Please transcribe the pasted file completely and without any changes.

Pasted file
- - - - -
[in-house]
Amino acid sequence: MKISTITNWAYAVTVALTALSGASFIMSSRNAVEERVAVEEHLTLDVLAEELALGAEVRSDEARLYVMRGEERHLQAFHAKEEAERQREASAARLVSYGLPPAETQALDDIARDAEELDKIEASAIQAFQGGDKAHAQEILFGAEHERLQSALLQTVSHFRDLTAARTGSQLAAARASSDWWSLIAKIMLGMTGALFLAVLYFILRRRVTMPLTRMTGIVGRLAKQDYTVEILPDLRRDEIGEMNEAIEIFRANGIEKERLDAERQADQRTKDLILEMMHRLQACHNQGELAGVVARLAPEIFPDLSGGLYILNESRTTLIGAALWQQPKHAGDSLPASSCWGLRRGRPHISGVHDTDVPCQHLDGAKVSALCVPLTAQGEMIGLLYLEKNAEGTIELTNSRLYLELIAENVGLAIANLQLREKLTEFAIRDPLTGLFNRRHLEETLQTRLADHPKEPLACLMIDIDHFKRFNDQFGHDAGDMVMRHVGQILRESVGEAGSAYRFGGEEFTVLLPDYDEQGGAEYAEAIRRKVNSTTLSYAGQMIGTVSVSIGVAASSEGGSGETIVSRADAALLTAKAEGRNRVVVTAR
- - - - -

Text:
[in-house]
Amino acid sequence: MKISTITNWAYAVTVALTALSGASFIMSSRNAVEERVAVEEHLTLDVLAEELALGAEVRSDEARLYVMRGEERHLQAFHAKEEAERQREASAARLVSYGLPPAETQALDDIARDAEELDKIEASAIQAFQGGDKAHAQEILFGAEHERLQSALLQTVSHFRDLTAARTGSQLAAARASSDWWSLIAKIMLGMTGALFLAVLYFILRRRVTMPLTRMTGIVGRLAKQDYTVEILPDLRRDEIGEMNEAIEIFRANGIEKERLDAERQADQRTKDLILEMMHRLQACHNQGELAGVVARLAPEIFPDLSGGLYILNESRTTLIGAALWQQPKHAGDSLPASSCWGLRRGRPHISGVHDTDVPCQHLDGAKVSALCVPLTAQGEMIGLLYLEKNAEGTIELTNSRLYLELIAENVGLAIANLQLREKLTEFAIRDPLTGLFNRRHLEETLQTRLADHPKEPLACLMIDIDHFKRFNDQFGHDAGDMVMRHVGQILRESVGEAGSAYRFGGEEFTVLLPDYDEQGGAEYAEAIRRKVNSTTLSYAGQMIGTVSVSIGVAASSEGGSGETIVSRADAALLTAKAEGRNRVVVTAR